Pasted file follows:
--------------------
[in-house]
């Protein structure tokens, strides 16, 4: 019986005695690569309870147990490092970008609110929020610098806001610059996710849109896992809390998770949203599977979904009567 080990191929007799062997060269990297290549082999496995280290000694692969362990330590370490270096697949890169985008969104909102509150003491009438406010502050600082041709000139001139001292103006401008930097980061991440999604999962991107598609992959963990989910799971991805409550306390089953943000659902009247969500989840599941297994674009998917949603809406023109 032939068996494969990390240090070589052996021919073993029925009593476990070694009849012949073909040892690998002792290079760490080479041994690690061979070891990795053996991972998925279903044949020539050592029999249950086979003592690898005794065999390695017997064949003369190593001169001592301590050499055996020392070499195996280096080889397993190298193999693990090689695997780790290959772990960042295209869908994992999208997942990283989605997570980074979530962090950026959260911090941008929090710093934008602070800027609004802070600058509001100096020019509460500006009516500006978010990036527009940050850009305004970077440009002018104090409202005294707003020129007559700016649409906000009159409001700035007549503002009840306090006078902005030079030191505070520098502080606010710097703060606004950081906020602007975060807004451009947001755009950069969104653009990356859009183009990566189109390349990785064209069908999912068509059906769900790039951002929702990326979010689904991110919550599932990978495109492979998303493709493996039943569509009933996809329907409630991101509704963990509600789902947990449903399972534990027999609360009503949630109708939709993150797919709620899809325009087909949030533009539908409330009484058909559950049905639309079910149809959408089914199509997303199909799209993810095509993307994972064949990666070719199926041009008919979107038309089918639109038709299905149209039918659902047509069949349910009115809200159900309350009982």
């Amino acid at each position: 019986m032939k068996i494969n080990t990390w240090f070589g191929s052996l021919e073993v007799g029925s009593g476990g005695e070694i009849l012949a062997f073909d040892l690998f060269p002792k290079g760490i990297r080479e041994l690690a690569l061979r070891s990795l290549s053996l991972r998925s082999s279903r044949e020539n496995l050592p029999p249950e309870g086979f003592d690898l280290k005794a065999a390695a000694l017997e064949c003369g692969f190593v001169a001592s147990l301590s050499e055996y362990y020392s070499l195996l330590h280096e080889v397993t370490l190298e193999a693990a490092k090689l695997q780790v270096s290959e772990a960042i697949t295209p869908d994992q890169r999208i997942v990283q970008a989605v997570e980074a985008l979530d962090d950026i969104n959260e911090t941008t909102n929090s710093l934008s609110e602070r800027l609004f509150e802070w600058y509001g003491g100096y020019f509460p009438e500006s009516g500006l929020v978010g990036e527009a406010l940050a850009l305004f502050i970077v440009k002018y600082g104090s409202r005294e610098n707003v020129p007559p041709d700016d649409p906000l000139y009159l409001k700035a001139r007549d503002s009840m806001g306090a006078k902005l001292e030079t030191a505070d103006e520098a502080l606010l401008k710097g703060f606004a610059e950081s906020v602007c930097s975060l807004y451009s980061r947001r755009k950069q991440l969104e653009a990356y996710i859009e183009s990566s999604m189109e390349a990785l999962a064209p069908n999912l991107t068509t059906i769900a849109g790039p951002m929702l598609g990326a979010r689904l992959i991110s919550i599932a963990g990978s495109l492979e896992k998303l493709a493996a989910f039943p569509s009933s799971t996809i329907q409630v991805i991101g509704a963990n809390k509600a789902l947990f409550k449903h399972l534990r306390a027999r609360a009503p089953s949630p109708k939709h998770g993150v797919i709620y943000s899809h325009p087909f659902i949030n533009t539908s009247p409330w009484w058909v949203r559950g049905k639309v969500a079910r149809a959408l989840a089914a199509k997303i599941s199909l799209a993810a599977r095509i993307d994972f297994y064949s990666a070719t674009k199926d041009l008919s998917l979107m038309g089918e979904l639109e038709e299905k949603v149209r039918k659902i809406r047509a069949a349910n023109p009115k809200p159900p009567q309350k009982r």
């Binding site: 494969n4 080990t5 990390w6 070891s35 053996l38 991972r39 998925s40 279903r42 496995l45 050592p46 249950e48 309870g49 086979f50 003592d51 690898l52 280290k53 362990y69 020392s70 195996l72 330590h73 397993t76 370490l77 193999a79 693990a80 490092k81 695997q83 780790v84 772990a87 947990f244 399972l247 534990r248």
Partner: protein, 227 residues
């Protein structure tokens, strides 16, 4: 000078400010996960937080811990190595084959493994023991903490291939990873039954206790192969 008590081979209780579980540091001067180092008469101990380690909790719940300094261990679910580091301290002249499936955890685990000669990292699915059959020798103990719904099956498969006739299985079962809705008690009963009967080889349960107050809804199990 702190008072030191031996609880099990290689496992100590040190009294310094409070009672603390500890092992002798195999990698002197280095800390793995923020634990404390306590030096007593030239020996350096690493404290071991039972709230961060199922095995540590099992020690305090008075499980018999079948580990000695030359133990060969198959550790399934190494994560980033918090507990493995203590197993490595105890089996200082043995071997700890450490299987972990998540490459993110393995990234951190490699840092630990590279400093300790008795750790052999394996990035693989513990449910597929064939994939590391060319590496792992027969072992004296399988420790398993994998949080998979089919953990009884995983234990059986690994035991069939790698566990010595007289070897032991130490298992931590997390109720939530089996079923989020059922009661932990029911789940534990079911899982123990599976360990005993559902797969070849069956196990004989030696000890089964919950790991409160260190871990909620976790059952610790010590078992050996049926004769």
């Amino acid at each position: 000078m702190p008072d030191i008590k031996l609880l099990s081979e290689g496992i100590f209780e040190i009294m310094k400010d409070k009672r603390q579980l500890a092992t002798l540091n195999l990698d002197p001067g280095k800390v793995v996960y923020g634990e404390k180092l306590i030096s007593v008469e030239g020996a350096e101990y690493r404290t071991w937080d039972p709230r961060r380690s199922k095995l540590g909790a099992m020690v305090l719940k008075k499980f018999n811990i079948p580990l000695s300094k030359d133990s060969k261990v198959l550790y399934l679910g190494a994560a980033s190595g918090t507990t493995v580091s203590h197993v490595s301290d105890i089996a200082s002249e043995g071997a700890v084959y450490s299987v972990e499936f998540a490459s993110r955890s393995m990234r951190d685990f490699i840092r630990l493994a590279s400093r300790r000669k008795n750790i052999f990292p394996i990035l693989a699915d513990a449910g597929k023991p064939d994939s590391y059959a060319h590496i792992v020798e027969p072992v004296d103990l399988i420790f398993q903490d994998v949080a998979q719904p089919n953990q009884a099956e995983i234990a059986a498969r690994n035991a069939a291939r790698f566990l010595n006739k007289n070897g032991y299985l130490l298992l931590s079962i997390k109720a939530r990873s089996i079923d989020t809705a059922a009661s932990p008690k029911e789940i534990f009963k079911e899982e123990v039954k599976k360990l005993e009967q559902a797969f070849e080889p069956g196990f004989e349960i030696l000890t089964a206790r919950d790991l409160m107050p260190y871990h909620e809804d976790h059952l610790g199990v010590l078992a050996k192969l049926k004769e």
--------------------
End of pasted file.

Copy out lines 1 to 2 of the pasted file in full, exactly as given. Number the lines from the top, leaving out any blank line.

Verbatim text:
[in-house]
């Protein structure tokens, strides 16, 4: 019986005695690569309870147990490092970008609110929020610098806001610059996710849109896992809390998770949203599977979904009567 080990191929007799062997060269990297290549082999496995280290000694692969362990330590370490270096697949890169985008969104909102509150003491009438406010502050600082041709000139001139001292103006401008930097980061991440999604999962991107598609992959963990989910799971991805409550306390089953943000659902009247969500989840599941297994674009998917949603809406023109 032939068996494969990390240090070589052996021919073993029925009593476990070694009849012949073909040892690998002792290079760490080479041994690690061979070891990795053996991972998925279903044949020539050592029999249950086979003592690898005794065999390695017997064949003369190593001169001592301590050499055996020392070499195996280096080889397993190298193999693990090689695997780790290959772990960042295209869908994992999208997942990283989605997570980074979530962090950026959260911090941008929090710093934008602070800027609004802070600058509001100096020019509460500006009516500006978010990036527009940050850009305004970077440009002018104090409202005294707003020129007559700016649409906000009159409001700035007549503002009840306090006078902005030079030191505070520098502080606010710097703060606004950081906020602007975060807004451009947001755009950069969104653009990356859009183009990566189109390349990785064209069908999912068509059906769900790039951002929702990326979010689904991110919550599932990978495109492979998303493709493996039943569509009933996809329907409630991101509704963990509600789902947990449903399972534990027999609360009503949630109708939709993150797919709620899809325009087909949030533009539908409330009484058909559950049905639309079910149809959408089914199509997303199909799209993810095509993307994972064949990666070719199926041009008919979107038309089918639109038709299905149209039918659902047509069949349910009115809200159900309350009982």